A Local Creamery Is Making Gourmet Cheese—Without Animal Products
One thing Hitoko Sakai knows is how to cook without animal products. Sakai, a long-time vegan, began her culinary career while working as a chef in Michigan. Now she owns a vegan cheese company headquartered in Englewood.
Dairy Free Creamery is precisely what it sounds like—a cheesemaker that specializes in dairy-free gourmet cheeses. Unlike some vegan cheese alternatives found on grocery store shelves, these are free of starches, oil, sugar, gluten and other additives.
Each cheese starts off with cashew nuts, Sakai’s preferred base. “I’ve made many different cheeses from different kinds of nuts and seeds,” says Sakai. “But the cashew is just amazing. I love the taste of it.”
Dairy Free's cheeses go through a two-step fermentation process. “I do a faster fermentation and a second fermentation, which some people call aging,” says Sakai. “I soak the cashews in salted water, which activates the nut and makes it easy to digest.”
Nuts, along with many other plant-based foods, contain phytic acid, a naturally occurring acid that blocks the absorption of minerals like zinc, calcium and iron. Soaking the nuts not only makes them easier to blend into a creamy consistency, but it removes a significant amount of phytic acid, allowing the nut's nutrients to be put to good use. After being soaked, the cashews are mixed with a probiotic or vegan culture, followed by the first fermentation.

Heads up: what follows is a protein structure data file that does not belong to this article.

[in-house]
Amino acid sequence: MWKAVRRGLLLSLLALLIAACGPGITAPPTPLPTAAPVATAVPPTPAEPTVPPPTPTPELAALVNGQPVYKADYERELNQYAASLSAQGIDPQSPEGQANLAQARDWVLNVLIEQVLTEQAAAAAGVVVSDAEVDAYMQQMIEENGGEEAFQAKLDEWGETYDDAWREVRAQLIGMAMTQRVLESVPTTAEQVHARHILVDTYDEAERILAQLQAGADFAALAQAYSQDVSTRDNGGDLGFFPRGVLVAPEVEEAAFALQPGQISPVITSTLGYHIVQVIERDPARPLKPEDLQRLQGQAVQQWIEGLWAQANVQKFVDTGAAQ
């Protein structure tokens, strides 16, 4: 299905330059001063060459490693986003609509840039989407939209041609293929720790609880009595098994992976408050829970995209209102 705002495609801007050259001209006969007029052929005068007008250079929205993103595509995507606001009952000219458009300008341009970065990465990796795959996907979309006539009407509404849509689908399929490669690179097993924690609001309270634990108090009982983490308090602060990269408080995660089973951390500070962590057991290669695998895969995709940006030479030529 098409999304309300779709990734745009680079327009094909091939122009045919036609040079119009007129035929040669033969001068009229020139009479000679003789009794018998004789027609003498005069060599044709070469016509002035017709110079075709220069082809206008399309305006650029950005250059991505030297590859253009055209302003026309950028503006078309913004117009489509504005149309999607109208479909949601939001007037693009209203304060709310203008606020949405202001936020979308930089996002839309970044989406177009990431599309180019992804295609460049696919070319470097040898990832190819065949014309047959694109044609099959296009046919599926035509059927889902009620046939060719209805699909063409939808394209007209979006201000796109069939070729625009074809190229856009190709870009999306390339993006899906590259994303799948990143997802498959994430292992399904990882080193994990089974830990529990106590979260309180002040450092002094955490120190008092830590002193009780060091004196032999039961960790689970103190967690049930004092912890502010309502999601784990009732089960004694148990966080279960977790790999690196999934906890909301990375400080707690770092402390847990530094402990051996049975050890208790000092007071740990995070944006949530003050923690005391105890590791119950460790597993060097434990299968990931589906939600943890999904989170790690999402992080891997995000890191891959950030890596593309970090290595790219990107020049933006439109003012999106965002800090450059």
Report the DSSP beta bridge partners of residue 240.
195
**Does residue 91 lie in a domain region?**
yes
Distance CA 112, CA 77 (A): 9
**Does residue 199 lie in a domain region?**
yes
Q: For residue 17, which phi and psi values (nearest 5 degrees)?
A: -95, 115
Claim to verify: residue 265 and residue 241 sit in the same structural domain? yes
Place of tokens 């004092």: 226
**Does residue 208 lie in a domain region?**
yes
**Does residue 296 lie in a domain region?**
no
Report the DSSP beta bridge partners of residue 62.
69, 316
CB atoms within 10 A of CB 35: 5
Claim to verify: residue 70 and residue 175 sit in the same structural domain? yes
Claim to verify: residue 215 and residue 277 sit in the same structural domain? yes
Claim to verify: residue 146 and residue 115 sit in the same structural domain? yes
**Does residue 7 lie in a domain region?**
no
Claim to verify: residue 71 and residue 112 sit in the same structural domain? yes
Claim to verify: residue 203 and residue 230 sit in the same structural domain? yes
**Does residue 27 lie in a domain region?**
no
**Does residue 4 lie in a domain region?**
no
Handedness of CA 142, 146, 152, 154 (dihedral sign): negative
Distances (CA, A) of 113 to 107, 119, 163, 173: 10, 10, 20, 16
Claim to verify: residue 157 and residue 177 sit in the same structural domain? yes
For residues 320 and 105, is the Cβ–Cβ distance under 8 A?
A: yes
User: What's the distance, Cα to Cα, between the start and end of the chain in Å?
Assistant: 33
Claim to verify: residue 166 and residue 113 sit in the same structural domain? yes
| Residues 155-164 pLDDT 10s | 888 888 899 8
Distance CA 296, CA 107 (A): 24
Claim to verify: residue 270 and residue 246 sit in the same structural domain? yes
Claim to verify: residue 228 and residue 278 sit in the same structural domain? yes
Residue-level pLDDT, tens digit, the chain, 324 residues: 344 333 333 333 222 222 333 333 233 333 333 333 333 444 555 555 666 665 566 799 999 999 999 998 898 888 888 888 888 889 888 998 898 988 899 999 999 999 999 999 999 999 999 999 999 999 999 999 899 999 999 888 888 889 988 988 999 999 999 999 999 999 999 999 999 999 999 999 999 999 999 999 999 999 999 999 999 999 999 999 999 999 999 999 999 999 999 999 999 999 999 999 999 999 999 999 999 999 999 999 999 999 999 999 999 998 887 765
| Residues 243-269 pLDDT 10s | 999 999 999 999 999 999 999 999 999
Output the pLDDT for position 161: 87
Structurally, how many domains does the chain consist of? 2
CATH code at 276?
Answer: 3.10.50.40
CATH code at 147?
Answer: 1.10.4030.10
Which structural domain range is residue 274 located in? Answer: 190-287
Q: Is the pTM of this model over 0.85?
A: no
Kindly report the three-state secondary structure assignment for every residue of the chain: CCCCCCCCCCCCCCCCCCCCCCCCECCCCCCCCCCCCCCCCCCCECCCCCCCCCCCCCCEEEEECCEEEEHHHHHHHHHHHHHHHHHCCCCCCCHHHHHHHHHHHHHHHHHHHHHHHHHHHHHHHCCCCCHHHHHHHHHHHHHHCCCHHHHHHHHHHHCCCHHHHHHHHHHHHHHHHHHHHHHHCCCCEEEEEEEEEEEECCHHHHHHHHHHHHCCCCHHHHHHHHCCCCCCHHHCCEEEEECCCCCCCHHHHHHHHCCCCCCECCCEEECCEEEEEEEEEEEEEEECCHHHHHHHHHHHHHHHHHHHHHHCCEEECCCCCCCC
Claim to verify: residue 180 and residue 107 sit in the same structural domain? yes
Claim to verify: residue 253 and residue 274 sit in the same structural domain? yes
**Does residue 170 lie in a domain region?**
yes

“The second fermentation process, or aging, can take days or two weeks,” says Sakai. “It depends on the cheese. Some take three months or longer.” Dairy Free's "parmesan," for example, ages for three months. This creates a harder cheese that can be grated.
Texture is an area where many commercially available vegan cheeses fall short. They’re often plasticky or chalky, a result of added starches or oils—two ingredients omitted from Sakai’s cheeses.
“I like my recipe to be very simple,” says the creamery owner. “I like to use five ingredients or less.” Instead of adding more ingredients to make harder cheeses, Sakai simply ages them longer. She says customers, however, often prefer her softer, spreadable cheeses. Her most popular at the moment is her Chive Chèvre, a soft, creamy cheese log coated with fresh chives. Sakai is in the middle of developing a new cheese recipe—one intended to resemble cheddar. To do so, she is experimenting with annatto seeds.
“My favorite is the Horseradish or Cranberry Ash,” says Sakai. “I also like the cream cheese and mozzarella. They can add creaminess to soup, taco salad or anything, so I like to have them on hand at all times.”
You can find Dairy Free Creamery’s products at the downtown Sarasota Farmers Market, the St. Petersburg Saturday Morning Market and the One Stop Co-op in Englewood, where you can make a purchase from the stand or pick up an online order. You can also shop Sakai’s cheeses at local retailers like CROP Juice and Jessica’s Organic Farm. For more info, or to place an order for pickup, visit Dairy Free Creamery's website.